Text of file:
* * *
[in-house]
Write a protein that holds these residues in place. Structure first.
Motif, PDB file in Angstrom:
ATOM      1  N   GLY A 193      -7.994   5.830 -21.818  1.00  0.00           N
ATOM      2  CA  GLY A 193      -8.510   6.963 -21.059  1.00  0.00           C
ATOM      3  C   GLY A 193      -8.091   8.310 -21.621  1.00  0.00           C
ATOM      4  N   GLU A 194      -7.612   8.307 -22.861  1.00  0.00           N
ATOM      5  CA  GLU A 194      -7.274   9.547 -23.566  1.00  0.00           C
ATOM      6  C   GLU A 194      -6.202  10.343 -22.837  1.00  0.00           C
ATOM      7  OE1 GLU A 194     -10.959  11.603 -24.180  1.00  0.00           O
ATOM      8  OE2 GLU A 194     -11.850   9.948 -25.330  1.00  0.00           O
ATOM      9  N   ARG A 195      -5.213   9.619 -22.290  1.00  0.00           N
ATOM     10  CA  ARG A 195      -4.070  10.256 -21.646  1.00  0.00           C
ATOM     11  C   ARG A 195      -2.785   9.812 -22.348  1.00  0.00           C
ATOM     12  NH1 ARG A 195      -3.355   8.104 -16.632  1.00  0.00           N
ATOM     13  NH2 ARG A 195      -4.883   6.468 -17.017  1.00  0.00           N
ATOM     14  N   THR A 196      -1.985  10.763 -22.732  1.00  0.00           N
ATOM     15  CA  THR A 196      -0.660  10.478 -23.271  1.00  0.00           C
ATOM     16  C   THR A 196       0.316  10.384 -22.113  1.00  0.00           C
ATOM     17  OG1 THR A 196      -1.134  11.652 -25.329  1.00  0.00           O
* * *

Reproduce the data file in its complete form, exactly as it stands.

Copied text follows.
[in-house]
Write a protein that holds these residues in place. Structure first.
Motif, PDB file in Angstrom:
ATOM      1  N   GLY A 193      -7.994   5.830 -21.818  1.00  0.00           N
ATOM      2  CA  GLY A 193      -8.510   6.963 -21.059  1.00  0.00           C
ATOM      3  C   GLY A 193      -8.091   8.310 -21.621  1.00  0.00           C
ATOM      4  N   GLU A 194      -7.612   8.307 -22.861  1.00  0.00           N
ATOM      5  CA  GLU A 194      -7.274   9.547 -23.566  1.00  0.00           C
ATOM      6  C   GLU A 194      -6.202  10.343 -22.837  1.00  0.00           C
ATOM      7  OE1 GLU A 194     -10.959  11.603 -24.180  1.00  0.00           O
ATOM      8  OE2 GLU A 194     -11.850   9.948 -25.330  1.00  0.00           O
ATOM      9  N   ARG A 195      -5.213   9.619 -22.290  1.00  0.00           N
ATOM     10  CA  ARG A 195      -4.070  10.256 -21.646  1.00  0.00           C
ATOM     11  C   ARG A 195      -2.785   9.812 -22.348  1.00  0.00           C
ATOM     12  NH1 ARG A 195      -3.355   8.104 -16.632  1.00  0.00           N
ATOM     13  NH2 ARG A 195      -4.883   6.468 -17.017  1.00  0.00           N
ATOM     14  N   THR A 196      -1.985  10.763 -22.732  1.00  0.00           N
ATOM     15  CA  THR A 196      -0.660  10.478 -23.271  1.00  0.00           C
ATOM     16  C   THR A 196       0.316  10.384 -22.113  1.00  0.00           C
ATOM     17  OG1 THR A 196      -1.134  11.652 -25.329  1.00  0.00           O